I just read a great post by Paul Boag – one of his signature rants that I enjoy so much 😁
In it, he discusses how, quite often, purchasing new software can be seen as a magic bullet by business leaders that will somehow fix all issues they face without the effort of creating a strategy.
Of course, this is bullshit. As Paul rightly points out:
The truth is, no amount of off-the-shelf software can make up for a lack of effort or a lack of strategy.Paul Boag, The Hard Truth: Software Cannot Replace Effort or Strategy
In my experience, it can be worse in certain disciplines or departments. Marketing tends to be a common offender in this respect. There’s so much marketing automation software out there that promises to do the job for you while giving you a ton of privacy disrespecting data on your visitors – that you’ll never actually use but it makes you look good to discuss the data you don’t understand in front of the business leaders…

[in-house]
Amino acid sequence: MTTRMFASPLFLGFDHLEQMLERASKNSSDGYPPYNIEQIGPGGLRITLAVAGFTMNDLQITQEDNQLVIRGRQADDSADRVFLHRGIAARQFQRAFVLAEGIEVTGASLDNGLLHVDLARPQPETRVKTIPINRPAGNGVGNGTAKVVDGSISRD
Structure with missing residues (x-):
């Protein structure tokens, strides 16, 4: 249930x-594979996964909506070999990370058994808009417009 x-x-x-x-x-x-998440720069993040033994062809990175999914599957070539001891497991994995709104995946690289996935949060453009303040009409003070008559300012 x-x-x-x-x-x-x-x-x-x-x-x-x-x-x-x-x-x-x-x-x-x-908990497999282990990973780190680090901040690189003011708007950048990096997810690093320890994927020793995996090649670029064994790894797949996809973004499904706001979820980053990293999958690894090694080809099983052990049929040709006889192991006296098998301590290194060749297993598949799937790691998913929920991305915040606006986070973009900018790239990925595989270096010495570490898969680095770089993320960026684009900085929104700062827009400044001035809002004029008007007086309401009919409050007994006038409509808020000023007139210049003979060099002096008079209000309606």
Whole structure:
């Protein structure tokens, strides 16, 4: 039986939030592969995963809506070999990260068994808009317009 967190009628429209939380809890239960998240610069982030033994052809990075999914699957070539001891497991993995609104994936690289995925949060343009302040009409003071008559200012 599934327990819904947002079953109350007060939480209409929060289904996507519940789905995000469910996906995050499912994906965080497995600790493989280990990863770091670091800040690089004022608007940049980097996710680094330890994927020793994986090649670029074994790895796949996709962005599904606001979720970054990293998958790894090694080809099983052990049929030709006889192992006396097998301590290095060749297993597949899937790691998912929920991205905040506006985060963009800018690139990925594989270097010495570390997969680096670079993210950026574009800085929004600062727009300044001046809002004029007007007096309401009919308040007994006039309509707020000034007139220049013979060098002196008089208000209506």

So we end up with a lot of software, with a lot of data that no one who bought it understands, costing the business a lot of money to run, that doesn’t actually improve the bottom line for the business or understanding of your users. But hey, it does mean that people can pat themselves on the back about the new “solution” they implemented!
I should say at this point that I’m lucky enough to work in a team that understands that buying software is not a substitute for strategy or planning – because we design and build software for the business and customers. I have worked with plenty of teams in the past that are guilty of this and have seen it first hand many times.
Bottom line, the software is a tool, not the strategy.